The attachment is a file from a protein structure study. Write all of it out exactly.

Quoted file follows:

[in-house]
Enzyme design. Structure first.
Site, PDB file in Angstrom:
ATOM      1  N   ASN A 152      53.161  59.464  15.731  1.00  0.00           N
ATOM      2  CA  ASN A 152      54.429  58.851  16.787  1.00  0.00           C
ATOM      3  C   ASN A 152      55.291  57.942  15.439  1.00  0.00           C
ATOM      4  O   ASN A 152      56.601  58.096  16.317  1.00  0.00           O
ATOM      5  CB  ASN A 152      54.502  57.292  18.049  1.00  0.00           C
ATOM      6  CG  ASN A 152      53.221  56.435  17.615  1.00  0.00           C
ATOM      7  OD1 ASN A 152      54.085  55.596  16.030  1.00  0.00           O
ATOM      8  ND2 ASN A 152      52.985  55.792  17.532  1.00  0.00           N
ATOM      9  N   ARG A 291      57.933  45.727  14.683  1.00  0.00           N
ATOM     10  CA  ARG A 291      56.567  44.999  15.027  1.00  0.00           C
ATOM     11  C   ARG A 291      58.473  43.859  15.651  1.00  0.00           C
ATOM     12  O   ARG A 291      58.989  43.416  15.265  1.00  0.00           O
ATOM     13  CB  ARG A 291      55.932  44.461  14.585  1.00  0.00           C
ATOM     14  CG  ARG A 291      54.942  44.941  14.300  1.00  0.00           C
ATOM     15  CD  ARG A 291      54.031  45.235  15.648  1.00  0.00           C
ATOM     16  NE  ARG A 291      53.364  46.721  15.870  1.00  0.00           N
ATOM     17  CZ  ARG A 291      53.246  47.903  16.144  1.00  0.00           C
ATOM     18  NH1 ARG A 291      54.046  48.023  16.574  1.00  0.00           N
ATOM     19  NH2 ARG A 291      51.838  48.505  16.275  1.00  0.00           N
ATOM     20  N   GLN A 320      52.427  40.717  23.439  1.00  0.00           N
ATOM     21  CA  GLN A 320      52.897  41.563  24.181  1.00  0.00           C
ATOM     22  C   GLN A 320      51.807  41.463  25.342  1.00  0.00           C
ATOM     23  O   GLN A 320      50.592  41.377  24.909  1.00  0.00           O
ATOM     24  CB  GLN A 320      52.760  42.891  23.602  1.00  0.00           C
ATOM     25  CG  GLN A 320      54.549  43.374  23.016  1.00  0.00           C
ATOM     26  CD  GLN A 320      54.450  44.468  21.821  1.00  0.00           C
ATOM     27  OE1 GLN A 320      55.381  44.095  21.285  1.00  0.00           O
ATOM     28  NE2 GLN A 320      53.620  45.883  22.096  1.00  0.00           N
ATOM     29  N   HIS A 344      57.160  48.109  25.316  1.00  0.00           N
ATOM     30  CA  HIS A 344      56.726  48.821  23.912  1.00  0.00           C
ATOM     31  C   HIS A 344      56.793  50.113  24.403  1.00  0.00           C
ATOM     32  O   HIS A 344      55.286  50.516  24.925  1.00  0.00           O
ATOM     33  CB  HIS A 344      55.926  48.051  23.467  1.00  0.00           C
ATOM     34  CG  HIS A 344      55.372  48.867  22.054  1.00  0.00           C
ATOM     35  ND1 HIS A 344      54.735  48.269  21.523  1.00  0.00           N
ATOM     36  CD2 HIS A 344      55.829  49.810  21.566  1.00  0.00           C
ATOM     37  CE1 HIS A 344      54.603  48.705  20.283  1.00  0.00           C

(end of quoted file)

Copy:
[in-house]
Enzyme design. Structure first.
Site, PDB file in Angstrom:
ATOM      1  N   ASN A 152      53.161  59.464  15.731  1.00  0.00           N
ATOM      2  CA  ASN A 152      54.429  58.851  16.787  1.00  0.00           C
ATOM      3  C   ASN A 152      55.291  57.942  15.439  1.00  0.00           C
ATOM      4  O   ASN A 152      56.601  58.096  16.317  1.00  0.00           O
ATOM      5  CB  ASN A 152      54.502  57.292  18.049  1.00  0.00           C
ATOM      6  CG  ASN A 152      53.221  56.435  17.615  1.00  0.00           C
ATOM      7  OD1 ASN A 152      54.085  55.596  16.030  1.00  0.00           O
ATOM      8  ND2 ASN A 152      52.985  55.792  17.532  1.00  0.00           N
ATOM      9  N   ARG A 291      57.933  45.727  14.683  1.00  0.00           N
ATOM     10  CA  ARG A 291      56.567  44.999  15.027  1.00  0.00           C
ATOM     11  C   ARG A 291      58.473  43.859  15.651  1.00  0.00           C
ATOM     12  O   ARG A 291      58.989  43.416  15.265  1.00  0.00           O
ATOM     13  CB  ARG A 291      55.932  44.461  14.585  1.00  0.00           C
ATOM     14  CG  ARG A 291      54.942  44.941  14.300  1.00  0.00           C
ATOM     15  CD  ARG A 291      54.031  45.235  15.648  1.00  0.00           C
ATOM     16  NE  ARG A 291      53.364  46.721  15.870  1.00  0.00           N
ATOM     17  CZ  ARG A 291      53.246  47.903  16.144  1.00  0.00           C
ATOM     18  NH1 ARG A 291      54.046  48.023  16.574  1.00  0.00           N
ATOM     19  NH2 ARG A 291      51.838  48.505  16.275  1.00  0.00           N
ATOM     20  N   GLN A 320      52.427  40.717  23.439  1.00  0.00           N
ATOM     21  CA  GLN A 320      52.897  41.563  24.181  1.00  0.00           C
ATOM     22  C   GLN A 320      51.807  41.463  25.342  1.00  0.00           C
ATOM     23  O   GLN A 320      50.592  41.377  24.909  1.00  0.00           O
ATOM     24  CB  GLN A 320      52.760  42.891  23.602  1.00  0.00           C
ATOM     25  CG  GLN A 320      54.549  43.374  23.016  1.00  0.00           C
ATOM     26  CD  GLN A 320      54.450  44.468  21.821  1.00  0.00           C
ATOM     27  OE1 GLN A 320      55.381  44.095  21.285  1.00  0.00           O
ATOM     28  NE2 GLN A 320      53.620  45.883  22.096  1.00  0.00           N
ATOM     29  N   HIS A 344      57.160  48.109  25.316  1.00  0.00           N
ATOM     30  CA  HIS A 344      56.726  48.821  23.912  1.00  0.00           C
ATOM     31  C   HIS A 344      56.793  50.113  24.403  1.00  0.00           C
ATOM     32  O   HIS A 344      55.286  50.516  24.925  1.00  0.00           O
ATOM     33  CB  HIS A 344      55.926  48.051  23.467  1.00  0.00           C
ATOM     34  CG  HIS A 344      55.372  48.867  22.054  1.00  0.00           C
ATOM     35  ND1 HIS A 344      54.735  48.269  21.523  1.00  0.00           N
ATOM     36  CD2 HIS A 344      55.829  49.810  21.566  1.00  0.00           C
ATOM     37  CE1 HIS A 344      54.603  48.705  20.283  1.00  0.00           C